The dispersion must be interpreted concerning two distinct aspects: first, the agglomerates must be dissociated in order to individualize the CNT; posteriorly, must be distributed randomly in the polymeric matrix12.

The main aspect related to introduce conductive properties to an insulating polymer by adding conductive particles, is the relation between the conductivity and the amount of the particles. Thus, above a critical concentration, the conductivity value of the composite rises significantly. This behavior is associated to the formation of an interconnected network of conductive particles as described by the percolation theory13. The particle's size and geometry are secondary factors affecting the percolation behavior14. The knowledge of the critical percolation concentration of the particles into the Nano composite, and how to minimize it, is relevant to reduce costs as well as to control other properties of the composite.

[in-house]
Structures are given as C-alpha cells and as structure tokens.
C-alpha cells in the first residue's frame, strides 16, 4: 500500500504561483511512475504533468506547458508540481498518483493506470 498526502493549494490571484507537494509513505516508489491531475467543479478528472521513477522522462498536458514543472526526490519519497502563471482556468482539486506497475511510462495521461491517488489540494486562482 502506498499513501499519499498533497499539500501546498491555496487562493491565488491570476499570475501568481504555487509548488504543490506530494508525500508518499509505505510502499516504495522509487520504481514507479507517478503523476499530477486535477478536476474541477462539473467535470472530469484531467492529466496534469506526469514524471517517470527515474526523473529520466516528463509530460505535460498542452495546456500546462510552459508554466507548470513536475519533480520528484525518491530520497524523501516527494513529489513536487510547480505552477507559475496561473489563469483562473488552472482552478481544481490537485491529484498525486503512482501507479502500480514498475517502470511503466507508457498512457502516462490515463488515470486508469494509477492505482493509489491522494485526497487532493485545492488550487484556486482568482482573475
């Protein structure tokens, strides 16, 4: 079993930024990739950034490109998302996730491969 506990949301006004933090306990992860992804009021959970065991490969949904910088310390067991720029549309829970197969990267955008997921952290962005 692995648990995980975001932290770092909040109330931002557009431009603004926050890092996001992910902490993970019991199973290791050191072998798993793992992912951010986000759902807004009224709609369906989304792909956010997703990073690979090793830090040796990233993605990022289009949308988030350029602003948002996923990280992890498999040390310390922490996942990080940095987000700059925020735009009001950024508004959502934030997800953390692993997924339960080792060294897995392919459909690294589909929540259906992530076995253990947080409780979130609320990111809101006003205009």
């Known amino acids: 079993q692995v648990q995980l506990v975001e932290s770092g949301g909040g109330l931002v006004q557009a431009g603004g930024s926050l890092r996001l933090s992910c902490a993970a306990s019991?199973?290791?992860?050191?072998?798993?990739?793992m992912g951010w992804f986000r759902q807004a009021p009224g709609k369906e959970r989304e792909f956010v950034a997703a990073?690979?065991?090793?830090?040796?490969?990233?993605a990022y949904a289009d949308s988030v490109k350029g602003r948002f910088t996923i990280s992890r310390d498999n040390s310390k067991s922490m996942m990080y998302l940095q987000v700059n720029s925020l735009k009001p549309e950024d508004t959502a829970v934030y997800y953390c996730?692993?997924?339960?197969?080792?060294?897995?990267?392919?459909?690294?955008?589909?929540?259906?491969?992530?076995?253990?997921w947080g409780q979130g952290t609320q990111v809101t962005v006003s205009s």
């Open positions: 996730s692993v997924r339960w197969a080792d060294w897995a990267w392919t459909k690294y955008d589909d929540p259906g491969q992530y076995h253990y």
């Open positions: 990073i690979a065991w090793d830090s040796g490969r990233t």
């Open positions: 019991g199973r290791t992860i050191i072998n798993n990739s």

Several physical models were developed in order to explain this phenomenon and predict the percolation threshold. In an important review done by Lux13, these models are discussed considering the microstructural aspects of the mixtures.

According to the classic theory of percolation, the percolation threshold (pc) can be obtained by the power law relationship, relating the volumetric electrical conductivity (σ) to the volumetric concentration of conductive filler into the matrix (p). The Equation 1 describes the phenomenon:

Wherein t is the critical exponent and is related to network dimensional aspects.

The real percolation threshold is also dependent on several other properties, such as the chemical nature of the components, connectivity between the phases, preparation method, and filler dispersion among others15. This approach reinstates the importance of a morphological analysis of the composite, in order to correlate the preparation variables to the characteristics of the percolation network obtained.

SAXS is particularly interesting for the analysis of the spatial arrangement of CNT in polymers and liquids, on account of the hierarchical nature of the CNT dispersions. This procedure has been applied to study nanocomposites of MWCNT in a thermoplastic polymer16,17. The scattering intensity has been shown to follow a power law as: